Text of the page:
ANDOVER — With just one vote in opposition, Town Manager Andrew Flanagan's recommended plan on how to spend the $20.8 million from the settlement with Columbia Gas overwhelmingly passed at Wednesday night's Special Town Meeting.

Fewer than 150 residents filled the Doherty Middle School Auditorium for a meeting that would be just short of 40 minutes long.

The plan, which was presented to the Select Board in May, was created by an emergency management working group with three objectives: To restore the impacted area and improve public spaces used in the recovery of the gas disasters, offset expenses of the recovery, and prepare for any future emergencies in town.

Flanagan said the vote for Article 1 on the warrant is a requirement of the Massachusetts Department of Revenue, because the funds need to be taken and appropriated in order to be accordingly spent.

"We had a good idea heading into negotiations with Columbia Gas what the town's loss was," he said.

The four capital accounts in the plan are restoration and investment in roads; sidewalks and infrastructure; emergency preparedness; deficit reconciliation; and a gas disaster mitigation reserve account.

The approved plan will fully fund the restoration of the 18.6 miles of impacted roads and sidewalks from the Sept. 13 gas disasters. Paving will begin this season, which runs from now until mid-fall.

It will also appropriate $500,000 toward the Senior Center renovation, which will fund the expansion of bathrooms in the center and the addition of showers and other priorities such as freezer and refrigeration space.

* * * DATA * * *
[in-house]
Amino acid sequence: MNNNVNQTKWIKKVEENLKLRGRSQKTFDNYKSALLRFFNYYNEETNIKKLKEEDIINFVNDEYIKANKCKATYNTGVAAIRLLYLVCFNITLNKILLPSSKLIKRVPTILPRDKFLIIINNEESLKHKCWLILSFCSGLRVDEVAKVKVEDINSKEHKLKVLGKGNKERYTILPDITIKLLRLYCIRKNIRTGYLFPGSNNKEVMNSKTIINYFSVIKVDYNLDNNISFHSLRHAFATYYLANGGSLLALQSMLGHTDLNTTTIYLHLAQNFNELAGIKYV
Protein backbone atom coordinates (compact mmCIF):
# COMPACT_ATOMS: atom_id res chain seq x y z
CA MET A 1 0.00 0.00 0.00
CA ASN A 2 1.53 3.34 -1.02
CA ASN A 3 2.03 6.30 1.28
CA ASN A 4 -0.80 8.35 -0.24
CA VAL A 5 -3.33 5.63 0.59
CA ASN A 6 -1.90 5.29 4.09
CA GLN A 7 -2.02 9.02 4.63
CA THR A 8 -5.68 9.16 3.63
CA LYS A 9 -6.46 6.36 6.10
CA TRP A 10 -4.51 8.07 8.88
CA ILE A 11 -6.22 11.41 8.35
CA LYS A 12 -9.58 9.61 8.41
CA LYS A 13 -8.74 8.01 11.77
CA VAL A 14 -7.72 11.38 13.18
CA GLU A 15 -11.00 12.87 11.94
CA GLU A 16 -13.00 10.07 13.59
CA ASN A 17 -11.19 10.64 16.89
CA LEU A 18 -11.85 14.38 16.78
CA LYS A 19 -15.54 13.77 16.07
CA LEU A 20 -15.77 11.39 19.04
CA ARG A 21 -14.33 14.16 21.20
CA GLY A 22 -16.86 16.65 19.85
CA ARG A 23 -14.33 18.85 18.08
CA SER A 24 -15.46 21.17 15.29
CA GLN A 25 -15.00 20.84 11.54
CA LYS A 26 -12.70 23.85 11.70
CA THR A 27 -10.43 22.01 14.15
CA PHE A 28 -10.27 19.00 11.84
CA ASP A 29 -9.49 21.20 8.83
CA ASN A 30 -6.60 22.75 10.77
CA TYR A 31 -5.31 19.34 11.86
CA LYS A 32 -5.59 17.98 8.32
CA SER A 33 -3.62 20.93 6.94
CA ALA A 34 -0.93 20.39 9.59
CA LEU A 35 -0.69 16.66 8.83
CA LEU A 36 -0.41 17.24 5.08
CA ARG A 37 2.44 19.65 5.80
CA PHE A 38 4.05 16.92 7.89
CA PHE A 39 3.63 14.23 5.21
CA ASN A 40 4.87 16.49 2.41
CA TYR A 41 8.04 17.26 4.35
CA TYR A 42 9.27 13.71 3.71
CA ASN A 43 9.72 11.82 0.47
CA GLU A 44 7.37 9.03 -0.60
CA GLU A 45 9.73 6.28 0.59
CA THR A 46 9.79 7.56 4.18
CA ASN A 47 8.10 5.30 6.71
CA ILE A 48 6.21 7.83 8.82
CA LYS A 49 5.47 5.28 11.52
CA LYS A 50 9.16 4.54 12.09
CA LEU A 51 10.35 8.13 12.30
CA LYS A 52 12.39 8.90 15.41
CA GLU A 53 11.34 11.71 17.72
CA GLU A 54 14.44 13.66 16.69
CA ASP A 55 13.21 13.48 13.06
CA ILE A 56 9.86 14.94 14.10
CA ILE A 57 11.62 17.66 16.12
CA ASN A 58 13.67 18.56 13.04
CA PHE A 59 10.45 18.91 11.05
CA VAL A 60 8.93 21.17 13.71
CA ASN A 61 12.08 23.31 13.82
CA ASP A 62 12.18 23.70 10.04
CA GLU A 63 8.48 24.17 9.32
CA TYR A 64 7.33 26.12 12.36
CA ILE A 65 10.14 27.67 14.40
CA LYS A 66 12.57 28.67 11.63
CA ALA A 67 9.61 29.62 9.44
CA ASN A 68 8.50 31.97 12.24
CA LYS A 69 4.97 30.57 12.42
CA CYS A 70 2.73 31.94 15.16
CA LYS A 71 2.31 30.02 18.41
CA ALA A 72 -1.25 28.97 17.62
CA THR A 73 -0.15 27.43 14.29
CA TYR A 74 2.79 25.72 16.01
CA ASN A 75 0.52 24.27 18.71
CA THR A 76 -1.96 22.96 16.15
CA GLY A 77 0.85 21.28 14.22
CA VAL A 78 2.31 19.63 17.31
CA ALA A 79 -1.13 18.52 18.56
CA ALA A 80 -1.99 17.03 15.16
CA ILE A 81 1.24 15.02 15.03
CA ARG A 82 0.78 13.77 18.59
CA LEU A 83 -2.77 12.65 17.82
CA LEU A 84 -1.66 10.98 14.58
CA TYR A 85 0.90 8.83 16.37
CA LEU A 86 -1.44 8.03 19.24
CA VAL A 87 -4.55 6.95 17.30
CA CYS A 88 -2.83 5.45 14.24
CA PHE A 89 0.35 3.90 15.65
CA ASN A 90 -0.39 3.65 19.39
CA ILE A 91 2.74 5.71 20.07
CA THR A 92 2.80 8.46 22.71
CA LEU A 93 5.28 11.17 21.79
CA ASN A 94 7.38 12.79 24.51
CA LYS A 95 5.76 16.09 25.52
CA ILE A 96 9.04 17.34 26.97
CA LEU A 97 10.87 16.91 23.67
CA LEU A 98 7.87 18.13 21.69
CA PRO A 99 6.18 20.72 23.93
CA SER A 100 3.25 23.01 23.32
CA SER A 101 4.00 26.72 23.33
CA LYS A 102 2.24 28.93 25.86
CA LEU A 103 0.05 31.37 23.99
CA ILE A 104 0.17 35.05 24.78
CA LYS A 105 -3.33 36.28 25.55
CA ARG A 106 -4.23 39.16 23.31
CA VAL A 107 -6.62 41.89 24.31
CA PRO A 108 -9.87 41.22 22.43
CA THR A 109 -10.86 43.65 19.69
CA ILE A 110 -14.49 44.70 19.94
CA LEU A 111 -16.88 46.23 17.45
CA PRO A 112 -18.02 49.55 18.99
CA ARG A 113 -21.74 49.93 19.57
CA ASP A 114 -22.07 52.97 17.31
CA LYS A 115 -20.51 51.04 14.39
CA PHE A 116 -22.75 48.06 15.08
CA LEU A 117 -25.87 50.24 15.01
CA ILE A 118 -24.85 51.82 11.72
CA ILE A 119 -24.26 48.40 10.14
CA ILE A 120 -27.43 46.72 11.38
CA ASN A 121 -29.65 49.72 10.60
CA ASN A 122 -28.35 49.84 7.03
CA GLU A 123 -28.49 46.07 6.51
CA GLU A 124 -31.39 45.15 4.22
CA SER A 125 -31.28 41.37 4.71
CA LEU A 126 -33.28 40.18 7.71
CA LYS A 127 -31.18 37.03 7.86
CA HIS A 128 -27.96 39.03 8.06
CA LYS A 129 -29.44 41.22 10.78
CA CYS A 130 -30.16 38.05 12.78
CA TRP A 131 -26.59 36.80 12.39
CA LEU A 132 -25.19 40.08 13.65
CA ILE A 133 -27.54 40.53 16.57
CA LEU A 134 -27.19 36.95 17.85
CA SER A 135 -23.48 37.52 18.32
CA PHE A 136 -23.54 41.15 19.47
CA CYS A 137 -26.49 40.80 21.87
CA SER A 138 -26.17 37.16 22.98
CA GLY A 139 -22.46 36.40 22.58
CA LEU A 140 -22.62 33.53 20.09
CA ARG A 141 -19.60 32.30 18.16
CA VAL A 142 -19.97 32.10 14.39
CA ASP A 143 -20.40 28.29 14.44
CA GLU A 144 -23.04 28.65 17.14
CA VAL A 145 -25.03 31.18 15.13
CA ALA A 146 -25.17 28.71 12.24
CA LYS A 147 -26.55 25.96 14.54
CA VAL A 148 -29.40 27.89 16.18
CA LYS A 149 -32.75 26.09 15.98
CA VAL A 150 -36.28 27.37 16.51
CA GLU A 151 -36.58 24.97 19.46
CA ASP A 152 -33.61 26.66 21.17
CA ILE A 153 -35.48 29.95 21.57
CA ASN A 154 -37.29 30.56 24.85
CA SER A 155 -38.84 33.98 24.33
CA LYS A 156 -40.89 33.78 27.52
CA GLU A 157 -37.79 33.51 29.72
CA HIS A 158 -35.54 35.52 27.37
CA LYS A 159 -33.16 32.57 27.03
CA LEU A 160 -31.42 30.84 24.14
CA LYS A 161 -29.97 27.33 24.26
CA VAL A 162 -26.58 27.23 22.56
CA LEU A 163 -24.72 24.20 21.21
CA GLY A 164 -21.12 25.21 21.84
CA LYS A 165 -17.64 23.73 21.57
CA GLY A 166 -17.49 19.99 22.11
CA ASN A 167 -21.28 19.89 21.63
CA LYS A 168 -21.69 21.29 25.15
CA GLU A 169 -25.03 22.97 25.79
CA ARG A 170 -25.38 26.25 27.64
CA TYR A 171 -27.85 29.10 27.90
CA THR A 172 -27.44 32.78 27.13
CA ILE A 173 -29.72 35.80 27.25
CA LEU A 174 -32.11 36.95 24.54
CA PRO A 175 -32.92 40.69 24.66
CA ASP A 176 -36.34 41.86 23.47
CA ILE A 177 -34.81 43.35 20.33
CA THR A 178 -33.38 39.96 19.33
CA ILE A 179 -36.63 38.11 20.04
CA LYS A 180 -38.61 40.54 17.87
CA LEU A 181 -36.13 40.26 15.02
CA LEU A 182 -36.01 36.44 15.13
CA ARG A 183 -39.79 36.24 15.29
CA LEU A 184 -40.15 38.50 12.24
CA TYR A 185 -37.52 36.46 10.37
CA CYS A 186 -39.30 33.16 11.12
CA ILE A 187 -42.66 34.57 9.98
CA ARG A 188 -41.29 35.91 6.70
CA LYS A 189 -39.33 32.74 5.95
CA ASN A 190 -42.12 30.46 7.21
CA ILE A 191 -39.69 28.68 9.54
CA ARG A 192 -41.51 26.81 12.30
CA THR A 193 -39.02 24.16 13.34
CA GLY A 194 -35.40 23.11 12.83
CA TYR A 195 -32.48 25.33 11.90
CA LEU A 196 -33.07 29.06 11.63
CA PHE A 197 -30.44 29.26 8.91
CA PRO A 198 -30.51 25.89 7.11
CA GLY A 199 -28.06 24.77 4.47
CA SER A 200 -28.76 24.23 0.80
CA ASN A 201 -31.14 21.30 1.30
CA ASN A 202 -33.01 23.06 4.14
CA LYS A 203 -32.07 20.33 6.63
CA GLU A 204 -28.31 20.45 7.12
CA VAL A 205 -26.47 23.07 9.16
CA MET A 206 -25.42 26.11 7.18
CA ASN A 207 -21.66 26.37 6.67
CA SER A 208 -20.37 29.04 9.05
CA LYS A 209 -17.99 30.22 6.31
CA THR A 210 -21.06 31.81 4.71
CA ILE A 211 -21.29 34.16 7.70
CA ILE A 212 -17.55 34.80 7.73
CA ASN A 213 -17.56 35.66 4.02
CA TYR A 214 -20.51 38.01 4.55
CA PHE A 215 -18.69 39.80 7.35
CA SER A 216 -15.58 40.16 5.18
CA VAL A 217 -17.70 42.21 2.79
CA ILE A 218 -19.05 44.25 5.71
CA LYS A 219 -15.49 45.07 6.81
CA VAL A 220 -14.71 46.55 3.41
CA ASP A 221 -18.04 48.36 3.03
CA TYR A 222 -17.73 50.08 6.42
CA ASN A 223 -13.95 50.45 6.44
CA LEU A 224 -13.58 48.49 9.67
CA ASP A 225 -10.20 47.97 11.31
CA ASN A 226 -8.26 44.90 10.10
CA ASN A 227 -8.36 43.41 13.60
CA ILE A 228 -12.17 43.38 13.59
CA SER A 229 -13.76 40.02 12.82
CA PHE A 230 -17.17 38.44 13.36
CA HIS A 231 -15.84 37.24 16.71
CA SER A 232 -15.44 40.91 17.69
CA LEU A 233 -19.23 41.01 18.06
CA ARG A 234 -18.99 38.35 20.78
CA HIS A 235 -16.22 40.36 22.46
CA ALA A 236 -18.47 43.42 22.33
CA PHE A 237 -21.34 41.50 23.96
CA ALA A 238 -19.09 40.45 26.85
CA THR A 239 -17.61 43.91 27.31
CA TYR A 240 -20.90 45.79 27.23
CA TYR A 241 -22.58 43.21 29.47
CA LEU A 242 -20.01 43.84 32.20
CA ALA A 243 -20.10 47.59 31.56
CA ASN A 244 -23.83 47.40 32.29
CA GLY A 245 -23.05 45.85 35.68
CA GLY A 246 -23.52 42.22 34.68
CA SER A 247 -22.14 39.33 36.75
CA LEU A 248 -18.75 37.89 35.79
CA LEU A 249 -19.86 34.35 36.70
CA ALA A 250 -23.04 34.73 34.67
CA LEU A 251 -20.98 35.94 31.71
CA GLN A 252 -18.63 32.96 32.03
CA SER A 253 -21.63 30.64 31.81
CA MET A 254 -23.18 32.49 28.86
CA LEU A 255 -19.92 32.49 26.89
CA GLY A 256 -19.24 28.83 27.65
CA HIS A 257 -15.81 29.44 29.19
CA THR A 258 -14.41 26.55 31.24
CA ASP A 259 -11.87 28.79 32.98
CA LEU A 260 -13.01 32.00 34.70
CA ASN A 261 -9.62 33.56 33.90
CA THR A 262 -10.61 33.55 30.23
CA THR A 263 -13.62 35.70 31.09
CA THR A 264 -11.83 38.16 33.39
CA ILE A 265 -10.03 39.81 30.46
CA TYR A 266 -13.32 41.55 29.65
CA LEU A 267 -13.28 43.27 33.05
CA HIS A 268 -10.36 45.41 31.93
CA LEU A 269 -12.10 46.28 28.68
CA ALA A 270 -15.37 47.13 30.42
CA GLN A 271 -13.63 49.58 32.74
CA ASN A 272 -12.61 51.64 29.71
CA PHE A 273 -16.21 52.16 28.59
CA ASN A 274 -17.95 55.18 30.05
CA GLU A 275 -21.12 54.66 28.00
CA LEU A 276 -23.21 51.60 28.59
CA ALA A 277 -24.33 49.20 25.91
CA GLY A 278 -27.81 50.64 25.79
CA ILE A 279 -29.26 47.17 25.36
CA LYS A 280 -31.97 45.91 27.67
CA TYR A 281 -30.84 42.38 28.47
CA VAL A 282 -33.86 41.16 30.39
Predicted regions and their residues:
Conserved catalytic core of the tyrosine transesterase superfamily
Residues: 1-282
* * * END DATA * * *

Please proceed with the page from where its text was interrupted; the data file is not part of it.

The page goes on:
About 55 parking spaces at the Senior Center will be added with the money from the approved plan, as well as sidewalk improvements from the Senior Center to downtown, allowing easier access in case of an emergency.

During the gas disaster recovery, Flanagan said Andover spent $400,000 on portable showers at Pomps Pond. Voters approved that amount to go toward implemented showers there in case of another emergency.

Flanagan said the plan will make it so the town buildings can be easily transformed into a HUB for emergency responses if ever necessary.

Another major item funded through the plan is the remainder of the design for the reconstruction of the intersection at Route 133 and Route 28 through to the intersection at Beacon Street and Route 133. About $500,000 will go toward the design.

Calvin Perry was the one voter to question Flanagan's plan, asking why the town needed $400,000 worth of showers at Pomps Pond.

"Every recommendation provides public good outside of emergency plans. ... This allows us to check two boxes: Improve our position from an emergency preparedness perspective and provide a resource to the community that can be used for recreational purposes," said Flanagan.

Article 2 sought the approval of $2 million for water main replacement projects. It also overwhelmingly passed, with just one vote in opposition.

Water main replacement work will be done simultaneous to road restorations. Flanagan said under the 18.6 miles of road affected by the gas disasters is 11.9 miles of unlined cast-iron water main that needs to be replaced.

"The thought process is if we're going to go ahead and proceed with pulling back the roads, we are going to do all the water work that needs to be done," said Flanagan.

This money is in addition to the $4 million approved by voters at Town Meeting in April. The water rate set by the Select Board funded an additional $2 million per year for water main replacements. The warrant for Town Meeting, however, was already closed with a request for $4 million and could not be increased.

"This will allow us to replace more water mains at a lower cost," Select Board Member Annie Gilbert said on behalf of the board.

No voters spoke for or against Article 2.

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